Publications : 2012

Kim S, Kopec A, Forgacs AL, Thompson CM, Zacharewski T. 2012. Genome-wide gene expression analysis of Cr(VI) effects in Fisher rat small intestinal epithelium. Presented at the Society of Toxicology’s 51st Annual Meeting, March 11-15, San Francisco, CA.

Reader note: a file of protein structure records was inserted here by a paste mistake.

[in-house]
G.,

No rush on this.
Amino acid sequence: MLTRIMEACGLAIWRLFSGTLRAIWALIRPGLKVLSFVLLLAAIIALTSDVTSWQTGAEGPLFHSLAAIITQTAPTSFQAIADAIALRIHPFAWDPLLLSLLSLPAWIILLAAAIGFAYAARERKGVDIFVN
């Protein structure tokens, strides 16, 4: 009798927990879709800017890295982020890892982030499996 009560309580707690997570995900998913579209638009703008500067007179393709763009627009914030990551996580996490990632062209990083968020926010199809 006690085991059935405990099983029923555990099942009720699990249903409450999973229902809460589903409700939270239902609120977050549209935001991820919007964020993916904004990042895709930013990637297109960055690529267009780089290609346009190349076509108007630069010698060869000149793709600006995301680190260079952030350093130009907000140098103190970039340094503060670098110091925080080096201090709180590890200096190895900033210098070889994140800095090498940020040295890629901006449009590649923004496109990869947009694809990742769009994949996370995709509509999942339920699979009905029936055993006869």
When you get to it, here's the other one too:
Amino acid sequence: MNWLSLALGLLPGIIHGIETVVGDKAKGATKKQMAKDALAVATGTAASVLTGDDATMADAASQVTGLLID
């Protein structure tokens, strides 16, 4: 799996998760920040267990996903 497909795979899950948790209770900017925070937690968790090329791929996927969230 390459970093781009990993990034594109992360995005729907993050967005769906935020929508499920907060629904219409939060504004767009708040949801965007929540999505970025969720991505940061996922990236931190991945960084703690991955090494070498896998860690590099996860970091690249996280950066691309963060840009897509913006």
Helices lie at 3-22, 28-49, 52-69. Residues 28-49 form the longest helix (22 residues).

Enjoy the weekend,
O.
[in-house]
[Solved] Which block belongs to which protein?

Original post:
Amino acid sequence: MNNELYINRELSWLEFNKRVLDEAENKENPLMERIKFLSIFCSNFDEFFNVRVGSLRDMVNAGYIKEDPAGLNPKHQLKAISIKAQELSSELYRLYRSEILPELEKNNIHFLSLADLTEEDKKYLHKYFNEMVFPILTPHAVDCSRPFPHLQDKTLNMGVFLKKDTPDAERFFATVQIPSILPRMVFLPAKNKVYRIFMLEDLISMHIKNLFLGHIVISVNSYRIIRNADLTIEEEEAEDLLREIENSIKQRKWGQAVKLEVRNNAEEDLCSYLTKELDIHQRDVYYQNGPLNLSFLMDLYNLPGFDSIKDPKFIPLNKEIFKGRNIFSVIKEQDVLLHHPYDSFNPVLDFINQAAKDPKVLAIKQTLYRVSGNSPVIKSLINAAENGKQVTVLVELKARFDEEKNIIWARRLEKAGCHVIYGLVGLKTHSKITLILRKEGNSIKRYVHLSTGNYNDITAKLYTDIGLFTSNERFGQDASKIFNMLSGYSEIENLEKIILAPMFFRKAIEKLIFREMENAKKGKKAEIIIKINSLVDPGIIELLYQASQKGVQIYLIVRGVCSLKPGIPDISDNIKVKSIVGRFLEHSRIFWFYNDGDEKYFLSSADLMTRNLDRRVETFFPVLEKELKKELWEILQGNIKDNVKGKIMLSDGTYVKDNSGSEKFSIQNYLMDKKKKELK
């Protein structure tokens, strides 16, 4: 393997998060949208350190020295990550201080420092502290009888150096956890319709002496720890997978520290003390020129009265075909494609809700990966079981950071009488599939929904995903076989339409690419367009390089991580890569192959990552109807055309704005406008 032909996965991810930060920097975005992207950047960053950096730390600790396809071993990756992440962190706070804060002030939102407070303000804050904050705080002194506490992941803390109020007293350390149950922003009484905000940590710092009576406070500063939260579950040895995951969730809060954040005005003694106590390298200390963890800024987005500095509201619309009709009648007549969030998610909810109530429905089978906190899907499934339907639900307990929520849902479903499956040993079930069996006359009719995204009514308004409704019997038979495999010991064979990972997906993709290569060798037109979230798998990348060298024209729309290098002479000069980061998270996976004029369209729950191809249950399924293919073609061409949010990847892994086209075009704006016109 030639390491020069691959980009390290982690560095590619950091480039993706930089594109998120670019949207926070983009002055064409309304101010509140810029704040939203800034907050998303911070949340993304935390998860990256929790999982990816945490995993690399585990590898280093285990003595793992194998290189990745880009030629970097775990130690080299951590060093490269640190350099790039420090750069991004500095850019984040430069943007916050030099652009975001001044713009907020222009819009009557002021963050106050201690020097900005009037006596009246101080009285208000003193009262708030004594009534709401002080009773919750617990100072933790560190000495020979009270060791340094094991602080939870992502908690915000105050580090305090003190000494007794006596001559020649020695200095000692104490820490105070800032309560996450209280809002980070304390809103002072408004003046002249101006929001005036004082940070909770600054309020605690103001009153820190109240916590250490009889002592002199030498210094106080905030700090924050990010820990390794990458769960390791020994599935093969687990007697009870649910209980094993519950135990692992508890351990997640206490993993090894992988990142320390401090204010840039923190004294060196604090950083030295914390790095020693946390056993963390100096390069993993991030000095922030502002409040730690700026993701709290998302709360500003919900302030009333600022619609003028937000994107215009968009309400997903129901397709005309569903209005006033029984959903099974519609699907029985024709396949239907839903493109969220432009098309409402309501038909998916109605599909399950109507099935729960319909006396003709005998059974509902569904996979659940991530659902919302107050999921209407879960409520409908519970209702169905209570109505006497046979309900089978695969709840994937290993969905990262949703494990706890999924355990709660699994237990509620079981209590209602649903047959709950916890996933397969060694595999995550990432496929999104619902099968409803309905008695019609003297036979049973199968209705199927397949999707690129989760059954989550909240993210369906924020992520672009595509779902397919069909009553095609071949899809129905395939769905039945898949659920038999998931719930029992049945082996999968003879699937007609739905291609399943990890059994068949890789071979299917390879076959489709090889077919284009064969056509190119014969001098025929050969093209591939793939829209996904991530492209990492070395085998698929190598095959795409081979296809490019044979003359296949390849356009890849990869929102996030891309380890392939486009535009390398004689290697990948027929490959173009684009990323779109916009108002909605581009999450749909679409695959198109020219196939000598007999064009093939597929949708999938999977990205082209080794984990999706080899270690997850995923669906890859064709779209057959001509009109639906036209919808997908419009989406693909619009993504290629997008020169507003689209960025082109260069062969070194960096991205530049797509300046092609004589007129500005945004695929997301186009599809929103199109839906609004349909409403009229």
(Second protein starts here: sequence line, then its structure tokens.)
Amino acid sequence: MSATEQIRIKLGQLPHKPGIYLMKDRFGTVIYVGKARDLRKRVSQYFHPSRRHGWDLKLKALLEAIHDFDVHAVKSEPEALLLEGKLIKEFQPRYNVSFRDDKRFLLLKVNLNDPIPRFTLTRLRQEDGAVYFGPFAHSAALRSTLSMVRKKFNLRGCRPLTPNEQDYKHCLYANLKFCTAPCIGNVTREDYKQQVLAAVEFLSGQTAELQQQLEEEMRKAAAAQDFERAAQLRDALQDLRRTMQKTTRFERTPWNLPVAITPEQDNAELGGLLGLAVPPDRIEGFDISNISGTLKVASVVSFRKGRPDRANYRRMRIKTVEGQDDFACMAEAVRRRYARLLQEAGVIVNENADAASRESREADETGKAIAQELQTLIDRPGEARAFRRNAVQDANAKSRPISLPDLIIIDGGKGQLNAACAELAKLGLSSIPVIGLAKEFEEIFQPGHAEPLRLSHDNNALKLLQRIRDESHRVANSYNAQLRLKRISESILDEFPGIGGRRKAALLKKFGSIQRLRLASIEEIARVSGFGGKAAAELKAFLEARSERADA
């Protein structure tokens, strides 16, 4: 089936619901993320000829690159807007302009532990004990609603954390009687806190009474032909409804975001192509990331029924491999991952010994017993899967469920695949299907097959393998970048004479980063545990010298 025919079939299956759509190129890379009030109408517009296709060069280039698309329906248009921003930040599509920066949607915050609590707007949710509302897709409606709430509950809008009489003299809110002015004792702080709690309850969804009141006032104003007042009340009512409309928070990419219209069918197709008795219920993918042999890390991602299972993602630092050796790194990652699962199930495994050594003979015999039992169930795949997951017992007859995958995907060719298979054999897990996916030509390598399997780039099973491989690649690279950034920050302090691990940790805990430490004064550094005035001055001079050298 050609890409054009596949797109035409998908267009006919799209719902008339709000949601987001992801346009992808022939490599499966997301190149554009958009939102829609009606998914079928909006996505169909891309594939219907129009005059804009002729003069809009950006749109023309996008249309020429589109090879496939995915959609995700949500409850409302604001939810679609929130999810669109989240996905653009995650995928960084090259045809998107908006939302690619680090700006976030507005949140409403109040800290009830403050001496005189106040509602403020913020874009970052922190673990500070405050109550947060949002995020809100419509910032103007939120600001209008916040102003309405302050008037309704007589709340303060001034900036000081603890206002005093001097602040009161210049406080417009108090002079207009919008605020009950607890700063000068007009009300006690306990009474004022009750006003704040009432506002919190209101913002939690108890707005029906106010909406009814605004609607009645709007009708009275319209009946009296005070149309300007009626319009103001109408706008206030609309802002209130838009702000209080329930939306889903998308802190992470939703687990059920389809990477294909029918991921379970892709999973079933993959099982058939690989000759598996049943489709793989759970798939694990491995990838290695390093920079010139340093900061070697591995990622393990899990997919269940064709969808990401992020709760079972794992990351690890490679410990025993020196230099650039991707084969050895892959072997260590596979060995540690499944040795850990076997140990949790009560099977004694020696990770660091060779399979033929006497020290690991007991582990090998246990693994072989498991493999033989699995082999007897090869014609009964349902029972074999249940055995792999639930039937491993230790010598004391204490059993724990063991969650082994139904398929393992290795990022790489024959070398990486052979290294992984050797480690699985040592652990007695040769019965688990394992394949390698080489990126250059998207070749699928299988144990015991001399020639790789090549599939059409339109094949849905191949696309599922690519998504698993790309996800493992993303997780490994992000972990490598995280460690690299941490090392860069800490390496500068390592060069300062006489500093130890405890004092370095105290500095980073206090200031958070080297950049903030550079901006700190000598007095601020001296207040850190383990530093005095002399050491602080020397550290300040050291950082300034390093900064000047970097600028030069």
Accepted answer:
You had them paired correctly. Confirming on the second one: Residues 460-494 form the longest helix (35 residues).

Chronic exposure to hexavalent chromium [Cr(VI)] as sodium dichromate dihydrate (SDD) leads to intestinal tumors in mice, and oral cancers and mild hypoferremia in rats. In this study, the dose-dependent gene expression effects of SDD (0.3-520 mg/L) were evaluated in female Fischer rat duodenal and jejunal epithelia following 7 and 90 days of exposure in drinking water. Agilent 4x44K wholegenome microarrays identified 3269 and 1815 duodenal, and 4557 and 1534 jejunal differentially expressed genes (|fold change|>1.5, P1(t)>0.999) at days 8 and 91, respectively. Comparisons at day 8 showed significant overlap (2312 genes) between duodenal and jejunal gene expression, with the former exhibiting greater efficacy (i.e. maximum fold change). The overlap was ~50% lower at day 91 with comparable fold inductions in both tissues. Automated analysis identified 744 and 310 duodenal and 1021 and 167 jejunal genes exhibiting sigmoidal dose-response profiles at 8 and 91 days, respectively. At 8 days, the interquartile EC50 range overlapped between duodenum and jejunum, but the median EC50 was ~10 times lower in duodenum (5 mg/L) compared to jejunum (52 mg/L). At 91 days, the median EC50 values were comparable between duodenum (49 mg/L SDD) and jejunum (59 mg/L SDD). Functional annotation identified differential expression associated with oxidative stress, cell cycle, cell death and immune response, consistent with changes in GSH/GSSG levels, crypt hyperplasia, apoptosis and inflammation. QRT-PCR confirmed induction of oxidative stress genes, including Gpx2 and Gclc. Genes involved in dietary iron absorption/transport were also repressed, suggesting SDD may interfere with iron homeostasis. These results indicate that, like the mouse, the rat intestinal epithelium is responsive to Cr(VI). Comparisons of gene expression changes in rats and mice should inform the mode of action underlying the different tumor outcomes in the small intestine. Funded by the ACC Cr(VI) Panel.